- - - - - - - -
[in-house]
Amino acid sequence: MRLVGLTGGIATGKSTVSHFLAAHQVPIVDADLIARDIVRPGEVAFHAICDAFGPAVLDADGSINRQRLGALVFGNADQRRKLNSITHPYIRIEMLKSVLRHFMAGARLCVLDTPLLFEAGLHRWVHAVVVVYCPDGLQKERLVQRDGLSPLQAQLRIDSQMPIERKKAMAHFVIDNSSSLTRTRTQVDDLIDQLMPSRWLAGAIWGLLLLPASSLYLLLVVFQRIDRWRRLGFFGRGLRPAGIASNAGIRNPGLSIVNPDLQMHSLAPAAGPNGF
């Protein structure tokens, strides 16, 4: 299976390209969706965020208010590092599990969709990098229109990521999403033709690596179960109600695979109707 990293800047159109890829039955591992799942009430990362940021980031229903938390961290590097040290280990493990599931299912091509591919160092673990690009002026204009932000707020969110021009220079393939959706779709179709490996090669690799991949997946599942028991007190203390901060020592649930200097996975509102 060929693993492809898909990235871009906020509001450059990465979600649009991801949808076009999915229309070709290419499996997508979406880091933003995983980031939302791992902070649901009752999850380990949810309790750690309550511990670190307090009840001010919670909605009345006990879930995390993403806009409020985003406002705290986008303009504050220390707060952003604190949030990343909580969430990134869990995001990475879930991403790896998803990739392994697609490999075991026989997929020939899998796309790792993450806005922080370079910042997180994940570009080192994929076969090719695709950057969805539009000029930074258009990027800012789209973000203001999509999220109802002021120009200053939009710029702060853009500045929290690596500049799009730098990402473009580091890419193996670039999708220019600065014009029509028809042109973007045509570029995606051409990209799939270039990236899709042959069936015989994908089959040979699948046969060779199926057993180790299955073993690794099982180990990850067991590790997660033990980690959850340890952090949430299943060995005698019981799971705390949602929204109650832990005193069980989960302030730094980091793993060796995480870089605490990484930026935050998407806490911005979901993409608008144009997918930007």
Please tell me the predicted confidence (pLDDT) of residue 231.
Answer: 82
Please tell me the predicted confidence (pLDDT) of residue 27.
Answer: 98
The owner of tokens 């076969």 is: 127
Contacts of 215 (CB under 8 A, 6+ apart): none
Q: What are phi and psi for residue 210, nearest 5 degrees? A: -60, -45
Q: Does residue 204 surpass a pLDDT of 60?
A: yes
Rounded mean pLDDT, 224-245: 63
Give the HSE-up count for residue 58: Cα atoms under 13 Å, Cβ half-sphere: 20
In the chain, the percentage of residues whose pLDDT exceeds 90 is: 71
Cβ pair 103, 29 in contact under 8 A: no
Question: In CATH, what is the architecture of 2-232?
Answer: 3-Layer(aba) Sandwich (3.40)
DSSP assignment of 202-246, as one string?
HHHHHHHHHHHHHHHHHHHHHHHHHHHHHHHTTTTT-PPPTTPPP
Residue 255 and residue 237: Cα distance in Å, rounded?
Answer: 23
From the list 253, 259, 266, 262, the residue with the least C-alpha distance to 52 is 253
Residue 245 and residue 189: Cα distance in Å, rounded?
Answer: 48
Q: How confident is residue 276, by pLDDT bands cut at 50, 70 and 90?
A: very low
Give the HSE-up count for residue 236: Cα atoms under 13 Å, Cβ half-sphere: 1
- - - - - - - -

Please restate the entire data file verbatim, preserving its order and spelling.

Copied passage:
[in-house]
Amino acid sequence: MRLVGLTGGIATGKSTVSHFLAAHQVPIVDADLIARDIVRPGEVAFHAICDAFGPAVLDADGSINRQRLGALVFGNADQRRKLNSITHPYIRIEMLKSVLRHFMAGARLCVLDTPLLFEAGLHRWVHAVVVVYCPDGLQKERLVQRDGLSPLQAQLRIDSQMPIERKKAMAHFVIDNSSSLTRTRTQVDDLIDQLMPSRWLAGAIWGLLLLPASSLYLLLVVFQRIDRWRRLGFFGRGLRPAGIASNAGIRNPGLSIVNPDLQMHSLAPAAGPNGF
């Protein structure tokens, strides 16, 4: 299976390209969706965020208010590092599990969709990098229109990521999403033709690596179960109600695979109707 990293800047159109890829039955591992799942009430990362940021980031229903938390961290590097040290280990493990599931299912091509591919160092673990690009002026204009932000707020969110021009220079393939959706779709179709490996090669690799991949997946599942028991007190203390901060020592649930200097996975509102 060929693993492809898909990235871009906020509001450059990465979600649009991801949808076009999915229309070709290419499996997508979406880091933003995983980031939302791992902070649901009752999850380990949810309790750690309550511990670190307090009840001010919670909605009345006990879930995390993403806009409020985003406002705290986008303009504050220390707060952003604190949030990343909580969430990134869990995001990475879930991403790896998803990739392994697609490999075991026989997929020939899998796309790792993450806005922080370079910042997180994940570009080192994929076969090719695709950057969805539009000029930074258009990027800012789209973000203001999509999220109802002021120009200053939009710029702060853009500045929290690596500049799009730098990402473009580091890419193996670039999708220019600065014009029509028809042109973007045509570029995606051409990209799939270039990236899709042959069936015989994908089959040979699948046969060779199926057993180790299955073993690794099982180990990850067991590790997660033990980690959850340890952090949430299943060995005698019981799971705390949602929204109650832990005193069980989960302030730094980091793993060796995480870089605490990484930026935050998407806490911005979901993409608008144009997918930007």
Please tell me the predicted confidence (pLDDT) of residue 231.
Answer: 82
Please tell me the predicted confidence (pLDDT) of residue 27.
Answer: 98
The owner of tokens 């076969």 is: 127
Contacts of 215 (CB under 8 A, 6+ apart): none
Q: What are phi and psi for residue 210, nearest 5 degrees? A: -60, -45
Q: Does residue 204 surpass a pLDDT of 60?
A: yes
Rounded mean pLDDT, 224-245: 63
Give the HSE-up count for residue 58: Cα atoms under 13 Å, Cβ half-sphere: 20
In the chain, the percentage of residues whose pLDDT exceeds 90 is: 71
Cβ pair 103, 29 in contact under 8 A: no
Question: In CATH, what is the architecture of 2-232?
Answer: 3-Layer(aba) Sandwich (3.40)
DSSP assignment of 202-246, as one string?
HHHHHHHHHHHHHHHHHHHHHHHHHHHHHHHTTTTT-PPPTTPPP
Residue 255 and residue 237: Cα distance in Å, rounded?
Answer: 23
From the list 253, 259, 266, 262, the residue with the least C-alpha distance to 52 is 253
Residue 245 and residue 189: Cα distance in Å, rounded?
Answer: 48
Q: How confident is residue 276, by pLDDT bands cut at 50, 70 and 90?
A: very low
Give the HSE-up count for residue 236: Cα atoms under 13 Å, Cβ half-sphere: 1